So, what can horse riders, children with ponies and dog walkers do to prevent a case of predator chasing prey?  First of all, dog walkers are asked to follow the trail signs, and keeping dogs on a leash where required. Dog walkers should also yield the right-of-way to equestrians, say hello so riders (and horses!) know you are there, and keep your dog close, quiet and under control as horses pass by.  To reduce what could be a frightening situation for a horse or pony, it is not advisable for people with dogs to hide behind trees or bushes, as this action is exactly what a predator would do when getting ready to attack a prey animal, and it is more likely to scare the equine than encourage it to pass quietly. Horse riders understand that not every dog has met a horse before, and are very happy to stop and wait for dog owners to get their dogs under control in order for the horse to pass safely.  We all want to enjoy our island’s beautiful forest trails, and we can all do this if we respect everyone around us and follow trail etiquette.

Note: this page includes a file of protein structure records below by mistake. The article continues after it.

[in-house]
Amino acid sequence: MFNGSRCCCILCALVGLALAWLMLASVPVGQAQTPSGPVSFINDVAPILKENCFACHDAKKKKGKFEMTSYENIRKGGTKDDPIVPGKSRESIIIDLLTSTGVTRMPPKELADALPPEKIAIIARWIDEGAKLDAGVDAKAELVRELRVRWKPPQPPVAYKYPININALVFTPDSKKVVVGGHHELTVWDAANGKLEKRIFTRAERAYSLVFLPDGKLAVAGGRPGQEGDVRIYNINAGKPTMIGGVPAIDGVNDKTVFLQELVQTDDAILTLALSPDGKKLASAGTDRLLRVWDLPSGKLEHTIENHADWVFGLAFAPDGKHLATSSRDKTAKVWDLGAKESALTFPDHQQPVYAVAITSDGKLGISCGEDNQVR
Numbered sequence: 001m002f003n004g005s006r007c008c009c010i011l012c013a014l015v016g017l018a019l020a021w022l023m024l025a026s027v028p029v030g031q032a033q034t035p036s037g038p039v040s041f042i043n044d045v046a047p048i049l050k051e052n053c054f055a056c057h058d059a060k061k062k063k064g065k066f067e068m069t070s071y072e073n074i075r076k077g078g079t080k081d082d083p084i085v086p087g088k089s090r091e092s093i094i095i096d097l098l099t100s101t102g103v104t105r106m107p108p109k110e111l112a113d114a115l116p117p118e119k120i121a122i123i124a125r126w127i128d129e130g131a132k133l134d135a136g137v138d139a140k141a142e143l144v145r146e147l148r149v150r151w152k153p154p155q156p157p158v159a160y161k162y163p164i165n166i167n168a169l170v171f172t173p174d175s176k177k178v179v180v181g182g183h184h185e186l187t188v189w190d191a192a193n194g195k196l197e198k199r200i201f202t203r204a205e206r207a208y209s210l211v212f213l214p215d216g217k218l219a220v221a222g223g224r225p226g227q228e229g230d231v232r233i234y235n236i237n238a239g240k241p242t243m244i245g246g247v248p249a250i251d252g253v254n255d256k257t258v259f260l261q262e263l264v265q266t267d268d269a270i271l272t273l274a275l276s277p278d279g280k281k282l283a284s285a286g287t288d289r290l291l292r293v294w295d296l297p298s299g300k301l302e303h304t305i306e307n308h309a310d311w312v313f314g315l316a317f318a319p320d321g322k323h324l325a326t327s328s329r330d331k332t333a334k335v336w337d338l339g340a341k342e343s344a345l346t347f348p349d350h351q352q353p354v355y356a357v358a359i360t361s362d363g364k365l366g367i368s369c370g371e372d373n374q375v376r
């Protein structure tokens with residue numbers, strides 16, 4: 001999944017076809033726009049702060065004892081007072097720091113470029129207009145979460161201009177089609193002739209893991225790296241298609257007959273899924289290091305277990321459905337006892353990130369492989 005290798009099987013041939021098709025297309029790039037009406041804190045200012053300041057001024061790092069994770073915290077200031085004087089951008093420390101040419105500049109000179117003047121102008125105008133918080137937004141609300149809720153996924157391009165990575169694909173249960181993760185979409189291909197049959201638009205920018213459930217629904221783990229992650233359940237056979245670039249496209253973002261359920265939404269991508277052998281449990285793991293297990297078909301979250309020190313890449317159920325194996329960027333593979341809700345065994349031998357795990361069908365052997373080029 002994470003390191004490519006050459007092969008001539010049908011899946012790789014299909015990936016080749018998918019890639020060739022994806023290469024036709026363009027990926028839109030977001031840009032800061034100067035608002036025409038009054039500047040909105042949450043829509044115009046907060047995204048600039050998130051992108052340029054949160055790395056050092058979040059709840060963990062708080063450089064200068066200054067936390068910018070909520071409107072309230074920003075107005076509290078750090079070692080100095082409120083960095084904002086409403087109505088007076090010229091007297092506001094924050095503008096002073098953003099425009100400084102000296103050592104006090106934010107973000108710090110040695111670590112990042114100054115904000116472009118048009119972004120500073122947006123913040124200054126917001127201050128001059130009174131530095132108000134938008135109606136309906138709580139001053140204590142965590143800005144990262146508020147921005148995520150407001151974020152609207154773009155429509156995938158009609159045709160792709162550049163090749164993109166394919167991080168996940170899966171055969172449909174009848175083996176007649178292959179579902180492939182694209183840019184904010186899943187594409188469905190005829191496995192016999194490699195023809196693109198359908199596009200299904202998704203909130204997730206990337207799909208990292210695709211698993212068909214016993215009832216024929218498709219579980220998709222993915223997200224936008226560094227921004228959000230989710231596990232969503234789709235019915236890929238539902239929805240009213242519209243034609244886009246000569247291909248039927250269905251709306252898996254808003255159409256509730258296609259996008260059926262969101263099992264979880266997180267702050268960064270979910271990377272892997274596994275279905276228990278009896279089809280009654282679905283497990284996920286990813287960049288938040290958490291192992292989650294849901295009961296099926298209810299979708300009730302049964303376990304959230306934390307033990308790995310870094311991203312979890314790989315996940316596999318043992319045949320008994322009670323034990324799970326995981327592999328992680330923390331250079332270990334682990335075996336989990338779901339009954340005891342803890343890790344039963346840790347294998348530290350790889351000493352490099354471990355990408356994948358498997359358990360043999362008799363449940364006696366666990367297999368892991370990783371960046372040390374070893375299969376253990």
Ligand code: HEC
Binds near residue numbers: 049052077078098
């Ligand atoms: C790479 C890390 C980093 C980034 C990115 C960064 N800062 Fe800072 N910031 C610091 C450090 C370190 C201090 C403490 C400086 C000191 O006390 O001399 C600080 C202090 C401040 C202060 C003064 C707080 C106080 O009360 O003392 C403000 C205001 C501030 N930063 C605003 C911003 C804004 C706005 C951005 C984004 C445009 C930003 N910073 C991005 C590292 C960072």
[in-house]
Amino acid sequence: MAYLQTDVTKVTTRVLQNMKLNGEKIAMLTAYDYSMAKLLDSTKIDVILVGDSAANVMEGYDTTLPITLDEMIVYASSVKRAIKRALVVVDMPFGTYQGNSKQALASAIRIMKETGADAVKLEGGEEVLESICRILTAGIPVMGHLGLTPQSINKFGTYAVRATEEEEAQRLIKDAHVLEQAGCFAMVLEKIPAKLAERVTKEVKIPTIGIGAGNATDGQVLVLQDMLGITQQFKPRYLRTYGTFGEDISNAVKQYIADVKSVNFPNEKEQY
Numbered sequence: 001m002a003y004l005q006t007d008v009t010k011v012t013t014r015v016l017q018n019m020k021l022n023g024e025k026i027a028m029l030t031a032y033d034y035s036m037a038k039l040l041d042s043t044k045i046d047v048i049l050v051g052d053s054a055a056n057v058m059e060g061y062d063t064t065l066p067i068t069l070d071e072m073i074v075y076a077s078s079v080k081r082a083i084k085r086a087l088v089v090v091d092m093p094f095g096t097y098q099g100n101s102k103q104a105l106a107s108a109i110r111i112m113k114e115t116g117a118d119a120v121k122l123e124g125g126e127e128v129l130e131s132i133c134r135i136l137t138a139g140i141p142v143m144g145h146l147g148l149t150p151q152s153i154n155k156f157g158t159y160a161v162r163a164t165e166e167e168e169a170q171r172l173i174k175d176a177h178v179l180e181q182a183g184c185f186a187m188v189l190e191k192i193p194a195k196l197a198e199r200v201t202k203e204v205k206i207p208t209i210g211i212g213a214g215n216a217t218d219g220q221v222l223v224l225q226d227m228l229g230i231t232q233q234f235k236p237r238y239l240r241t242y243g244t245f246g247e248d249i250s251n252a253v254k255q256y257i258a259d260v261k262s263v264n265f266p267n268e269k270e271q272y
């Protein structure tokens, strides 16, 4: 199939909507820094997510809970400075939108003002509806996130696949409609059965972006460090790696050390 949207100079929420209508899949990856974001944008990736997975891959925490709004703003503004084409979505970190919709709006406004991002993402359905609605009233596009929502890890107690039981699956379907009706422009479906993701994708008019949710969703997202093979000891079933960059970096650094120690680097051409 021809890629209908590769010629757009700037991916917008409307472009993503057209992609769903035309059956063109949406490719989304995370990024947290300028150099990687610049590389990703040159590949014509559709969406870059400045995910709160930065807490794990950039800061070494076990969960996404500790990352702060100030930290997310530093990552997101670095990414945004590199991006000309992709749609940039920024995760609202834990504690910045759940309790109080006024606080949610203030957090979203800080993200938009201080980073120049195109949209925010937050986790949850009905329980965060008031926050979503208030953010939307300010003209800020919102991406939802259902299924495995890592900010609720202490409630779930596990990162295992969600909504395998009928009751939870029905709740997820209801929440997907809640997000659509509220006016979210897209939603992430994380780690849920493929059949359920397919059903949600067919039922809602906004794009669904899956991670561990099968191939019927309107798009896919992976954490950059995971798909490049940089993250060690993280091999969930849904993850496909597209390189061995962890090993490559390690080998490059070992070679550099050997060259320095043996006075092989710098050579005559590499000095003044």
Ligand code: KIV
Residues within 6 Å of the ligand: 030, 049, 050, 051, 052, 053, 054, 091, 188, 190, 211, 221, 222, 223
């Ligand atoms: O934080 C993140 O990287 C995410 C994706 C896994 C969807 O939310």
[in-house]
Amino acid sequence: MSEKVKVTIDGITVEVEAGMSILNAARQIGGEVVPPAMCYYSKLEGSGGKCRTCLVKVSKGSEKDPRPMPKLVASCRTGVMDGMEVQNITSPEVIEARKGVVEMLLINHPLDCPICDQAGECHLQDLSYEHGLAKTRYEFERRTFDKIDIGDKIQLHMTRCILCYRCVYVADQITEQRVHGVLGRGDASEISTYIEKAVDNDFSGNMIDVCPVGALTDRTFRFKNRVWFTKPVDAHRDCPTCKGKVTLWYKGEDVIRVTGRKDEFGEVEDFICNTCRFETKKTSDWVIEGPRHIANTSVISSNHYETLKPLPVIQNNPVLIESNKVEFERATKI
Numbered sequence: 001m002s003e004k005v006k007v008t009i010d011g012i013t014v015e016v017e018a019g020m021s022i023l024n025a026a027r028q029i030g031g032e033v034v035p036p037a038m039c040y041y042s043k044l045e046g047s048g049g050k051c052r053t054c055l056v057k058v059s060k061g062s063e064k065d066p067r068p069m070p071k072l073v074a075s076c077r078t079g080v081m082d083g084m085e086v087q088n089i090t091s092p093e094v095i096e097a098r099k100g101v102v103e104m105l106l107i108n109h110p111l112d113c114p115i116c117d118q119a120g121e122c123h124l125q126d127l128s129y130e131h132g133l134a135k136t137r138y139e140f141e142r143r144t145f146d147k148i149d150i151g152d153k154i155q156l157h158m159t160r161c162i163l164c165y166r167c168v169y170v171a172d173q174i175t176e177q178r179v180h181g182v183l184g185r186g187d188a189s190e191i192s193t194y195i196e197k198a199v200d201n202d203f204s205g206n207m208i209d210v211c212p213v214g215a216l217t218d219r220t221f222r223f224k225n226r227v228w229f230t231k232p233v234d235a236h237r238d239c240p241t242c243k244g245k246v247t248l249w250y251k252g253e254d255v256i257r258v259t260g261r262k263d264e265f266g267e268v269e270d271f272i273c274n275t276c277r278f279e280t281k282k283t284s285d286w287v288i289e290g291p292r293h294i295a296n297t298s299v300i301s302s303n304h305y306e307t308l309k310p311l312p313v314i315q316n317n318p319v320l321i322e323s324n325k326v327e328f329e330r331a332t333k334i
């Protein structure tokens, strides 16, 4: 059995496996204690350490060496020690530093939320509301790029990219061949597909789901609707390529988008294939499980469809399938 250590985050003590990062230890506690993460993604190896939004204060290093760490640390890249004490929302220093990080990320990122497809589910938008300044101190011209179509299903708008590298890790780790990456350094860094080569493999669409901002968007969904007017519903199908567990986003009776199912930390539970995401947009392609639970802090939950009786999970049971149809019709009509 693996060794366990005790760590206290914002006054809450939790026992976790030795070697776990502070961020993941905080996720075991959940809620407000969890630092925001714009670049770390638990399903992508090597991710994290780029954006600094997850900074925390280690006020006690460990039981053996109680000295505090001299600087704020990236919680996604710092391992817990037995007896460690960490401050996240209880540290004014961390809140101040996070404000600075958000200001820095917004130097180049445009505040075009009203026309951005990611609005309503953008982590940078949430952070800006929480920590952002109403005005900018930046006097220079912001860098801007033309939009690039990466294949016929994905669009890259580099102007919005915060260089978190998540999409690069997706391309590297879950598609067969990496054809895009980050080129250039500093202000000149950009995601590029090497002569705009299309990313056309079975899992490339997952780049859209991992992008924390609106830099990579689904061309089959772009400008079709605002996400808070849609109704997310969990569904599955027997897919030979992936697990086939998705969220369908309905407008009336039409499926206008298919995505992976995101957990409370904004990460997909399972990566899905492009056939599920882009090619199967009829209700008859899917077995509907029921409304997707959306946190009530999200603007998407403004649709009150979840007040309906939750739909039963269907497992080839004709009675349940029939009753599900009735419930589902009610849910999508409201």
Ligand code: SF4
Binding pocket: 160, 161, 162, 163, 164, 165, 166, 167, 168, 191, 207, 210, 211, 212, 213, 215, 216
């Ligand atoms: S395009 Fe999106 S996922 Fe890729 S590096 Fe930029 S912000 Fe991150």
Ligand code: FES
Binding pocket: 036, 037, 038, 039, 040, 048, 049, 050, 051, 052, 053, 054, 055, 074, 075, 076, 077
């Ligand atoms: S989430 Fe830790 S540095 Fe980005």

Over the summer there are many sporting events held on Bowen and on the mainland, and for those of us who like to participate in these, the on island trails bring out those who like to train for these, be it running, cycling or horse riding.  Bowen Island Horse Owners and Riders Association (BIHORA), in collaboration with any interested runners and cyclists, are hoping to hold a triathlon later in the year, with teams made up of a horse rider, runner and a cyclist.  We hope that those interested will take advantage of the wonderful trails on Bowen and the event will be as much fun as it will be competitive.

– BIHORA